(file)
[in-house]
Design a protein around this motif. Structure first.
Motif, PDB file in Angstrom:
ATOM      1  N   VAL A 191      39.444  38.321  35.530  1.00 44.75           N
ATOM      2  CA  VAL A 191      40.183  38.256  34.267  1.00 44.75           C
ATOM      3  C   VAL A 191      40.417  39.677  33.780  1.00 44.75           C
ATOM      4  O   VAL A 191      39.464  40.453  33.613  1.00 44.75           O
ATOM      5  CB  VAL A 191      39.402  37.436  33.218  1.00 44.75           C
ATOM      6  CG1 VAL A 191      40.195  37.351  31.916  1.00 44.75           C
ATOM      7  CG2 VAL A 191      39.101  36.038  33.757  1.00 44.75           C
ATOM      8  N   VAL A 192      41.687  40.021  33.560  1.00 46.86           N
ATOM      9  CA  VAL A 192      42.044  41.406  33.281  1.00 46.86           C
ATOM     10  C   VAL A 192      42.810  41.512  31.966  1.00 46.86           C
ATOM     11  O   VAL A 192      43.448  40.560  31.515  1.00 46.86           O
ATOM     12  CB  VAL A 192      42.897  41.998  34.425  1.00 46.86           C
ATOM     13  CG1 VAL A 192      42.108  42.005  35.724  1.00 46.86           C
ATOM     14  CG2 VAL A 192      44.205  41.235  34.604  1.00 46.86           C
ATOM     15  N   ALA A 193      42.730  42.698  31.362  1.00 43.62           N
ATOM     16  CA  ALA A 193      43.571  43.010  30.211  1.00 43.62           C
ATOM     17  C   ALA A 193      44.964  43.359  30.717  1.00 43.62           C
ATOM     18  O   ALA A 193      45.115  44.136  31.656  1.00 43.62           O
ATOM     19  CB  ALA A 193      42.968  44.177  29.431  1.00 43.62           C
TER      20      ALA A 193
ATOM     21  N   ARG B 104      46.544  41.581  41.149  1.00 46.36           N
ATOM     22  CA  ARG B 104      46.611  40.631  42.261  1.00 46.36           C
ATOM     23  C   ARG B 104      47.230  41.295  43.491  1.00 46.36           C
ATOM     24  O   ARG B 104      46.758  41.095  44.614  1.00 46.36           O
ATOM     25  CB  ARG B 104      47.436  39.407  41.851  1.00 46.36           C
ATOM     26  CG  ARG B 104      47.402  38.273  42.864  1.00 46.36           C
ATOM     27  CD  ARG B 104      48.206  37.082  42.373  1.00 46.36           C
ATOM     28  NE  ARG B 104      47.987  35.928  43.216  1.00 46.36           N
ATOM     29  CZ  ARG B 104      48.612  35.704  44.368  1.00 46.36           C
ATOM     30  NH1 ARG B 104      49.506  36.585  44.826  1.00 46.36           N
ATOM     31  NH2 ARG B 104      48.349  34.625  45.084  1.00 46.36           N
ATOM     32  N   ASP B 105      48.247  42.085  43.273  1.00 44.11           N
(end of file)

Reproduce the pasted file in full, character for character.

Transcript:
[in-house]
Design a protein around this motif. Structure first.
Motif, PDB file in Angstrom:
ATOM      1  N   VAL A 191      39.444  38.321  35.530  1.00 44.75           N
ATOM      2  CA  VAL A 191      40.183  38.256  34.267  1.00 44.75           C
ATOM      3  C   VAL A 191      40.417  39.677  33.780  1.00 44.75           C
ATOM      4  O   VAL A 191      39.464  40.453  33.613  1.00 44.75           O
ATOM      5  CB  VAL A 191      39.402  37.436  33.218  1.00 44.75           C
ATOM      6  CG1 VAL A 191      40.195  37.351  31.916  1.00 44.75           C
ATOM      7  CG2 VAL A 191      39.101  36.038  33.757  1.00 44.75           C
ATOM      8  N   VAL A 192      41.687  40.021  33.560  1.00 46.86           N
ATOM      9  CA  VAL A 192      42.044  41.406  33.281  1.00 46.86           C
ATOM     10  C   VAL A 192      42.810  41.512  31.966  1.00 46.86           C
ATOM     11  O   VAL A 192      43.448  40.560  31.515  1.00 46.86           O
ATOM     12  CB  VAL A 192      42.897  41.998  34.425  1.00 46.86           C
ATOM     13  CG1 VAL A 192      42.108  42.005  35.724  1.00 46.86           C
ATOM     14  CG2 VAL A 192      44.205  41.235  34.604  1.00 46.86           C
ATOM     15  N   ALA A 193      42.730  42.698  31.362  1.00 43.62           N
ATOM     16  CA  ALA A 193      43.571  43.010  30.211  1.00 43.62           C
ATOM     17  C   ALA A 193      44.964  43.359  30.717  1.00 43.62           C
ATOM     18  O   ALA A 193      45.115  44.136  31.656  1.00 43.62           O
ATOM     19  CB  ALA A 193      42.968  44.177  29.431  1.00 43.62           C
TER      20      ALA A 193
ATOM     21  N   ARG B 104      46.544  41.581  41.149  1.00 46.36           N
ATOM     22  CA  ARG B 104      46.611  40.631  42.261  1.00 46.36           C
ATOM     23  C   ARG B 104      47.230  41.295  43.491  1.00 46.36           C
ATOM     24  O   ARG B 104      46.758  41.095  44.614  1.00 46.36           O
ATOM     25  CB  ARG B 104      47.436  39.407  41.851  1.00 46.36           C
ATOM     26  CG  ARG B 104      47.402  38.273  42.864  1.00 46.36           C
ATOM     27  CD  ARG B 104      48.206  37.082  42.373  1.00 46.36           C
ATOM     28  NE  ARG B 104      47.987  35.928  43.216  1.00 46.36           N
ATOM     29  CZ  ARG B 104      48.612  35.704  44.368  1.00 46.36           C
ATOM     30  NH1 ARG B 104      49.506  36.585  44.826  1.00 46.36           N
ATOM     31  NH2 ARG B 104      48.349  34.625  45.084  1.00 46.36           N
ATOM     32  N   ASP B 105      48.247  42.085  43.273  1.00 44.11           N